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  • Jennifer Roach

I Believe in Hope for the Dead - and You Wish You Could Too.

Updated: Jun 4, 2019


My dad died when I was 12. It was unexpected and every bit as horrible as you might imagine.


I was attending a big Evangelical church in California at the time. I was 100% onboard with everything they were doing. I could not be at church enough. Even before my dad died, my life at home was unpleasant. Church became my family. So at 12, when my dad died, I had to become a little theologian just to reconcile what had happened. You see, he claimed no belief or faith in God. I actually don't know what he thought about God, truth be told. We never discussed it. But he didn't care for church and would only attend if me or my siblings were in some kind of performance. And the church's clear teaching was that those who didn't live a full life for God would burn in Hell. Eternal Conscious Torment with no hope of relief. Ever.


I knew this is what I was supposed to believe. I remember taking note of the various ways people in the church spoke about this. I remember revealing to a peer that my dad was not a Christian, and looked straight at me, and lisped through her braces, "I'm sorry your dad is burning in Hell." Others tried to get around the problem more diplomatically by saying something like: Well, you don't really know, he might have converted at the very last moment. Fat chance, my 12-year-old self thought. He was in a car accident and went straight through the windshield because he wasn't wearing a seatbelt. He never saw it coming. Others tried to play word-games, "Well, when we say he is being tormented in Hell, it really doesn't mean that..."


And so I did the only thing I could do: I developed a belief that was different than the belief of my community, and kept it to myself.


I kept it to myself because I had to. What was developing in my mind was too precious to share. I knew it would be bulldozed over. But I started to believe that God would give my dad a final chance to say yes. If he wanted to choose life that was further away from God, that was his right. But that God might have a conversation with him and lay the facts bare, and let him decide what to accept based on full knowledge.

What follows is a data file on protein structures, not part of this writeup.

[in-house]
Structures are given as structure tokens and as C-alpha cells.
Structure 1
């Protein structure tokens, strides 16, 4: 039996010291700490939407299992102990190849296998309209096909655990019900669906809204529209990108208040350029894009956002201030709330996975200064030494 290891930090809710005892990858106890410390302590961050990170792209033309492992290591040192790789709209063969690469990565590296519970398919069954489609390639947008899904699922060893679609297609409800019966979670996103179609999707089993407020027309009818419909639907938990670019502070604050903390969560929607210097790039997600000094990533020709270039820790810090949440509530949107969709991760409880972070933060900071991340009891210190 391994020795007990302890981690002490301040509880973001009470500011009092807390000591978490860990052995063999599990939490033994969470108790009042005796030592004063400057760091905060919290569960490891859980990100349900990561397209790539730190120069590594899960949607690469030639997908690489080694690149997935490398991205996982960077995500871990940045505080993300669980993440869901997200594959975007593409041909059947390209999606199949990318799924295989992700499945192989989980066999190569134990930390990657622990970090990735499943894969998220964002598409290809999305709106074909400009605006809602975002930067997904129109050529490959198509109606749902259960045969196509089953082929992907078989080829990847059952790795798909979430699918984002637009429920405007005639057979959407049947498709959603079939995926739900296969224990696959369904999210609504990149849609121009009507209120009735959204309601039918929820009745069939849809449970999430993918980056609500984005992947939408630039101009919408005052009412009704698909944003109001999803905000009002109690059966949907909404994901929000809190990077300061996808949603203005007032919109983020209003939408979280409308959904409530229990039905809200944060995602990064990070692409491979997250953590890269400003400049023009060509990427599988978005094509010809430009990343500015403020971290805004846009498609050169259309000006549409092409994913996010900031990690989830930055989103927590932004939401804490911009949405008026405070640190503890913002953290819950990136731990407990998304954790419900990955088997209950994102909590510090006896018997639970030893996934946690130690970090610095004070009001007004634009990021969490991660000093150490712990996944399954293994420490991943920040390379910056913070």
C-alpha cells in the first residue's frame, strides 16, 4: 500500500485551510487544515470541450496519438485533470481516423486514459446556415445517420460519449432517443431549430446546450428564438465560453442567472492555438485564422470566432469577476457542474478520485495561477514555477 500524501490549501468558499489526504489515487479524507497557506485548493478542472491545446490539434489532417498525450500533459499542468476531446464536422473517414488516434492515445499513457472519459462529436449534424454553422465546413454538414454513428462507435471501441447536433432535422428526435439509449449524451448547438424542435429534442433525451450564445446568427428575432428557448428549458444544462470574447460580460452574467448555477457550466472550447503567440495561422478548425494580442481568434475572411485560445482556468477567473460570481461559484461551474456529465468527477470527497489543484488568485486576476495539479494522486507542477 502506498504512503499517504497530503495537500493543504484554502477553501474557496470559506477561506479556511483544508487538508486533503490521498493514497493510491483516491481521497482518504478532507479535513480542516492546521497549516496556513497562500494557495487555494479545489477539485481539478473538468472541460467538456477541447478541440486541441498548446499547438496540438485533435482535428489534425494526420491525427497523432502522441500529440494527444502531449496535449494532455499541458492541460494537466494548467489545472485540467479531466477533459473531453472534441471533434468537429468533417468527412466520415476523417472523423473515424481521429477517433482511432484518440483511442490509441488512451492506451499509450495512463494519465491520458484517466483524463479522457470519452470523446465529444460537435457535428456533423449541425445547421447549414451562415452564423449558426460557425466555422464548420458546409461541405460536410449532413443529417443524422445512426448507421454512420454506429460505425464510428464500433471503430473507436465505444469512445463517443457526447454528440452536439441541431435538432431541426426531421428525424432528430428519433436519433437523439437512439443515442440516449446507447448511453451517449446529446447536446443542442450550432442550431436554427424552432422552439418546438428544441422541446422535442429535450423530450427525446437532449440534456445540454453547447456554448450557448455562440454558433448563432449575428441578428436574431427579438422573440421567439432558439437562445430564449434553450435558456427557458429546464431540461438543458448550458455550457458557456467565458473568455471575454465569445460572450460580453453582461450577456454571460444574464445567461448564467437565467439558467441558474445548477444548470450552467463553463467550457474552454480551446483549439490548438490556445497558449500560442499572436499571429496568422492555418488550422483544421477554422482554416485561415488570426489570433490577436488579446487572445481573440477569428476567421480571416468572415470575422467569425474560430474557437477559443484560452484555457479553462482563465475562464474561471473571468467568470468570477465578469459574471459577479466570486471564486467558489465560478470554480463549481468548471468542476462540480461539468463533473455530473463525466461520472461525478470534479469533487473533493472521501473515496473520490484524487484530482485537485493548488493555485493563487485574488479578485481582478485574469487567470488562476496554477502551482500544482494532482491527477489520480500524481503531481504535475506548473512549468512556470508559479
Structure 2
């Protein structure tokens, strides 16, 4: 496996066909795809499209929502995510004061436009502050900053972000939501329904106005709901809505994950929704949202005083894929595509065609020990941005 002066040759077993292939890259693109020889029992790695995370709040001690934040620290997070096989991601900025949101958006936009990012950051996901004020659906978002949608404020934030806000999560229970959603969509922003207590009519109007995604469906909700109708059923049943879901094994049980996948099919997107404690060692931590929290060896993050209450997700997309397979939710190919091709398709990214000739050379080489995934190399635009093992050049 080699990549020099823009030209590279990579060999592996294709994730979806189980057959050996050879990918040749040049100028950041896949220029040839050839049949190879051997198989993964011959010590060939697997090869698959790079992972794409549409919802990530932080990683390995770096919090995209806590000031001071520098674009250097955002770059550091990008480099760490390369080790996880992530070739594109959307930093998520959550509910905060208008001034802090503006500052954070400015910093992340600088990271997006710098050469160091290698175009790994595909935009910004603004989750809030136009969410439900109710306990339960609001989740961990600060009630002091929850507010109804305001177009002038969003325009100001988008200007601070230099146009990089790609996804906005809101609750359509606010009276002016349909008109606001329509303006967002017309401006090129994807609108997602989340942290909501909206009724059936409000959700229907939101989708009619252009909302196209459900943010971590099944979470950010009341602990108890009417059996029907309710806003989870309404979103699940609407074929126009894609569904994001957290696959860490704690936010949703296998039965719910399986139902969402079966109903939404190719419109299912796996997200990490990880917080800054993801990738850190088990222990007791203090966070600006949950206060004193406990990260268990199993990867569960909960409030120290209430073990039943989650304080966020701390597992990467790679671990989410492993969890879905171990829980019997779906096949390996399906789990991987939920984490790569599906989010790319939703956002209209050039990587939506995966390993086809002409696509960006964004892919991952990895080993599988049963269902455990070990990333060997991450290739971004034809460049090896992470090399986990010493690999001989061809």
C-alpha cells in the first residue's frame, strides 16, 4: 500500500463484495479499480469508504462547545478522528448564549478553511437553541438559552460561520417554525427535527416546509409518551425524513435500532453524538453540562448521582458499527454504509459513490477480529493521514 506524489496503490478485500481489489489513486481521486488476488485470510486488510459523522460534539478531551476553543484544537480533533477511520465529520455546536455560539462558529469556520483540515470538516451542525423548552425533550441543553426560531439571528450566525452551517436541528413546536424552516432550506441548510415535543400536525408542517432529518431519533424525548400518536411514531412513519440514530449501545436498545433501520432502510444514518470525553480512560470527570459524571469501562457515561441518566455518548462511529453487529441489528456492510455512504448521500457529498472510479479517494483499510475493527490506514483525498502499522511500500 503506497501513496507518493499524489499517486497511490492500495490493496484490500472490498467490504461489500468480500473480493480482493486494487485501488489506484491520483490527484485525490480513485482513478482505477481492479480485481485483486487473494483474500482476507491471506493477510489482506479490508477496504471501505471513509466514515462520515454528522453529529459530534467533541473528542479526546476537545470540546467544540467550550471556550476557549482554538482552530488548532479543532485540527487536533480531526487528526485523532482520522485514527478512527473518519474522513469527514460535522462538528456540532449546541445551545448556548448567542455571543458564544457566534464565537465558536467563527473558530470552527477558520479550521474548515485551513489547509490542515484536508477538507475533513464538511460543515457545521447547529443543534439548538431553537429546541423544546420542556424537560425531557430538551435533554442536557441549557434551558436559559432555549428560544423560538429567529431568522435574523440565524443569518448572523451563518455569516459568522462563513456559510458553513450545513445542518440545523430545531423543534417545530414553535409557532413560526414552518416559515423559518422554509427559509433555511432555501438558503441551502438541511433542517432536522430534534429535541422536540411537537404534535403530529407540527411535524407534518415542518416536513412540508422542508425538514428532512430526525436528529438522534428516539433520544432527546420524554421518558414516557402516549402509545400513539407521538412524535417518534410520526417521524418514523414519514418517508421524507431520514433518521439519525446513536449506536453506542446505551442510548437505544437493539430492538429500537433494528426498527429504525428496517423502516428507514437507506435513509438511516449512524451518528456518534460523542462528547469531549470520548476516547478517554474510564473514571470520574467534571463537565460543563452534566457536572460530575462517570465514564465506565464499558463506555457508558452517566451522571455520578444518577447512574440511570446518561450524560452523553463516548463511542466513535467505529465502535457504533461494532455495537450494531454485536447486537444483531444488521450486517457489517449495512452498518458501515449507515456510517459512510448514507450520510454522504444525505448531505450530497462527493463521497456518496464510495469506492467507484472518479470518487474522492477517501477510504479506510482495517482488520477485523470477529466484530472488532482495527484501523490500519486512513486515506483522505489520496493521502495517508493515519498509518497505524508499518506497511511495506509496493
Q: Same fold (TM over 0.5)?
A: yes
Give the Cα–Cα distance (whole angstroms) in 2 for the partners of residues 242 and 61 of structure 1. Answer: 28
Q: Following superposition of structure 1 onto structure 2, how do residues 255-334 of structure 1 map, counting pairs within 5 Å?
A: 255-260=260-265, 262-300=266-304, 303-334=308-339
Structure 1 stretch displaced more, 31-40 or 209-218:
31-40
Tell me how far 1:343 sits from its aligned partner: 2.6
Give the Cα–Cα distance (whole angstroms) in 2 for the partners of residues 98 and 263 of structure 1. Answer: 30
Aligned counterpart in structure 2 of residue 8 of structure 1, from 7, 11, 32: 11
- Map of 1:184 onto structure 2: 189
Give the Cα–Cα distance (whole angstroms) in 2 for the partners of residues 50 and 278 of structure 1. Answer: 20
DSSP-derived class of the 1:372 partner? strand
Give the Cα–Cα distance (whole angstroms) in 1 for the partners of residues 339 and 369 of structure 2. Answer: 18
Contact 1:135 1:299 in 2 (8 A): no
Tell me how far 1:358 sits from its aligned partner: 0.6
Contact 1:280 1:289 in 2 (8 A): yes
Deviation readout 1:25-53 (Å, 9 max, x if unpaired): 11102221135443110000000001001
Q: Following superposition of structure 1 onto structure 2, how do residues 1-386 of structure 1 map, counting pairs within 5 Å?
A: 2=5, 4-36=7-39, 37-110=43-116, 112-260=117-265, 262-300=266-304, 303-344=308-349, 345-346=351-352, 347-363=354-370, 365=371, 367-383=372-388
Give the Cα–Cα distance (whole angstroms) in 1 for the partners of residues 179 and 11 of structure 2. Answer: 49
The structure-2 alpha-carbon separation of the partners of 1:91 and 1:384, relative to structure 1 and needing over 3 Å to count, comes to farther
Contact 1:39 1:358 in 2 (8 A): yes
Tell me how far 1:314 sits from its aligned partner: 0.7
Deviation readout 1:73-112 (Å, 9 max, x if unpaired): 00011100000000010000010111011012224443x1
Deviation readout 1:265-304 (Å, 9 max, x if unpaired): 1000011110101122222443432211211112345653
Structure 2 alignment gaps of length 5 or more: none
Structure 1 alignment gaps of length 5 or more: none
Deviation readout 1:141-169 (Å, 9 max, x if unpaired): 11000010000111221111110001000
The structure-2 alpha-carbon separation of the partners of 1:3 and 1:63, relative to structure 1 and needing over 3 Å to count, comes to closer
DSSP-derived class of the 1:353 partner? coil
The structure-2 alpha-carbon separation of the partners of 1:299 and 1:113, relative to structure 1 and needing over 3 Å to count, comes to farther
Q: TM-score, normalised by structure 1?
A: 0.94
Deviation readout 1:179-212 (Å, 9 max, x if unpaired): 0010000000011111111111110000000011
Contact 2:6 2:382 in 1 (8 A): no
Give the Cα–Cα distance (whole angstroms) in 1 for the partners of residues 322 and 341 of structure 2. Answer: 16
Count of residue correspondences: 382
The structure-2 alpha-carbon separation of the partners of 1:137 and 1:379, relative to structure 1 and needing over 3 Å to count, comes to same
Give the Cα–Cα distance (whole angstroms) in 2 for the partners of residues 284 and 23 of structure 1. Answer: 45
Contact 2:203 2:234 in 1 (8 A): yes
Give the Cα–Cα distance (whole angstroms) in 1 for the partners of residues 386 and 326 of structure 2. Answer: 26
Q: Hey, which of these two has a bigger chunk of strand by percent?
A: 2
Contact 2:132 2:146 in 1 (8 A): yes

So last year, when I began investigating the church, my questions about death were at the front of my mind. I knew that Mormons baptized for the dead, but didn't really know what that meant. I was delighted to learn that it meant that my dad could have the opportunity to still accept God's love. Someone who is still living could get baptized in his name, and he could choose to accept it, or not.


Of course, all of my Evangelical sirens are going off. This is paganism! This is witchcraft! This is just plain silliness and a waste of time and effort!


And then I remembered that when I was getting my Master's of Divinity we read some of the church fathers who wrote about baptism for the dead. And that Paul refers to it in a neutral way. And my heart cracked open to the possibility that there actually might be hope for the dead.


I asked someone I knew at that time if he would be baptized for my dad. Males get baptized for males. He agreed to do it, but it never happened. So I still have to figure that part out. (Insert so much grief and sadness here, but its not appropriate to write about it yet. Maybe someday.)


So, like most things in my life, at the end of the day it's an already-not-yet reality. I believe in this hope, but the hope still eludes me.

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